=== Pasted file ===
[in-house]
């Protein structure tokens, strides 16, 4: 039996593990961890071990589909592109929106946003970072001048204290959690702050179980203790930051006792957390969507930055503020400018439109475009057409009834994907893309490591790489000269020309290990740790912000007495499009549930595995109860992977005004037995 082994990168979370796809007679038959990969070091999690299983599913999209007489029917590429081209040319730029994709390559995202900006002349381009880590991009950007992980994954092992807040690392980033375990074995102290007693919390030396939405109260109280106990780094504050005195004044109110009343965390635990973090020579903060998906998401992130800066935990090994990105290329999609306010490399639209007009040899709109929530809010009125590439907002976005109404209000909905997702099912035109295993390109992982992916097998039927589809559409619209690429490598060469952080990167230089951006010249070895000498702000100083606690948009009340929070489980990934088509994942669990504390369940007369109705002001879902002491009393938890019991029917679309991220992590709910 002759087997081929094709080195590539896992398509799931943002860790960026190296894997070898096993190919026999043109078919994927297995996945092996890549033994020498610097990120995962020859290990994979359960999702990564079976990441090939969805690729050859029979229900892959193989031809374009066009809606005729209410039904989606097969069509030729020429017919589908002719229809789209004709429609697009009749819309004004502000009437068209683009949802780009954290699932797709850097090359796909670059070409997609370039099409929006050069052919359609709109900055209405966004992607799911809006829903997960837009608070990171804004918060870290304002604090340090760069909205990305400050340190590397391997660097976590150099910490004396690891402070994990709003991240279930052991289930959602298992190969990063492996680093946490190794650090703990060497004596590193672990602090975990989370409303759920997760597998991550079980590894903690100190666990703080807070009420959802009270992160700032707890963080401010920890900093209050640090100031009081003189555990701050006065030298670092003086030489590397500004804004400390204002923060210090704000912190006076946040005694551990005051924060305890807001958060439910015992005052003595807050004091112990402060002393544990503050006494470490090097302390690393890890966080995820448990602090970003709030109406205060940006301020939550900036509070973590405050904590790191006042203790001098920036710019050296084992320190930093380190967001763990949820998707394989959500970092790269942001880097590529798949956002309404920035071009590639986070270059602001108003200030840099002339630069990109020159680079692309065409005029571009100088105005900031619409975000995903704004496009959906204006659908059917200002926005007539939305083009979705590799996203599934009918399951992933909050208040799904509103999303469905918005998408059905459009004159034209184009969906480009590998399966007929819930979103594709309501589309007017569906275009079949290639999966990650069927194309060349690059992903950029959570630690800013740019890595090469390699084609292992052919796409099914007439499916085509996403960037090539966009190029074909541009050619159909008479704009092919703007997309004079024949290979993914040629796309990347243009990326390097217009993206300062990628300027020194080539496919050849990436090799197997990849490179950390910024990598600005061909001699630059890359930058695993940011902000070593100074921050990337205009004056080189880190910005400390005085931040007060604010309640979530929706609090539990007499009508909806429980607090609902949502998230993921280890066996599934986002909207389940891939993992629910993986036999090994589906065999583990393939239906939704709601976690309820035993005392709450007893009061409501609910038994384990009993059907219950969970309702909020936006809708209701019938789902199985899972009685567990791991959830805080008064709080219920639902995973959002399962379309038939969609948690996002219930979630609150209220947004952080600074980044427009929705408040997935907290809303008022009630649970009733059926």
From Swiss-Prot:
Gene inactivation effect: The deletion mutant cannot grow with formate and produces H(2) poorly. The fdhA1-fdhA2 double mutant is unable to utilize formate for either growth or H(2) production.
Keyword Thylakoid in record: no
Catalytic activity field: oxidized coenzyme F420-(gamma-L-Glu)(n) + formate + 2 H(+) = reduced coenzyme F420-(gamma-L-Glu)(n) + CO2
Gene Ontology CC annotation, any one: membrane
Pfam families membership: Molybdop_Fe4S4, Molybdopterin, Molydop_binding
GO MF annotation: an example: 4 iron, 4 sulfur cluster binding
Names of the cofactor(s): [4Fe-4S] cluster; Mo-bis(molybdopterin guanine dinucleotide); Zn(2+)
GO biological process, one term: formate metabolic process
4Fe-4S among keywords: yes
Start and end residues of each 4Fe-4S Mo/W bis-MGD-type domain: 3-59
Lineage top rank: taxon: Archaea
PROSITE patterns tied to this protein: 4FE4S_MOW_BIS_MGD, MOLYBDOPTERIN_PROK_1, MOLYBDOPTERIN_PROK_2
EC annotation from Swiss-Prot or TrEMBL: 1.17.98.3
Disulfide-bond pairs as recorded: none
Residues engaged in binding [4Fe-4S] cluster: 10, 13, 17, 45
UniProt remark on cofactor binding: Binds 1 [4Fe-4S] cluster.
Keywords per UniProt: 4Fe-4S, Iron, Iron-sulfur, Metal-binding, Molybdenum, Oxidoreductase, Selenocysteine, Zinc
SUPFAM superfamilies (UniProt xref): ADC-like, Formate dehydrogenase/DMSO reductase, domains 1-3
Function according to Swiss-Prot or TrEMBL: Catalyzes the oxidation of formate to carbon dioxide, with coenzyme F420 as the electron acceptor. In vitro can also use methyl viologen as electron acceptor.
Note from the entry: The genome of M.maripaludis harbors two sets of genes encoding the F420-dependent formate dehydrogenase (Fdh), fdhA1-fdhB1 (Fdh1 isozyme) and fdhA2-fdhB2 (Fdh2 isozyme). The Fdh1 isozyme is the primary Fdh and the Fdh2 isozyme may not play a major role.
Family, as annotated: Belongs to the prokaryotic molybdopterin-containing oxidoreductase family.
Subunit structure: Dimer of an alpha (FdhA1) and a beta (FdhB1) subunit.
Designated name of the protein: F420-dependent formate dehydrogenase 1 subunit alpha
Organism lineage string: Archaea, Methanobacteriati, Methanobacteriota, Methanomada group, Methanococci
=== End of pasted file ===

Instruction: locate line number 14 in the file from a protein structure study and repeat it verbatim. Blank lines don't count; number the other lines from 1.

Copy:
Lineage top rank: taxon: Archaea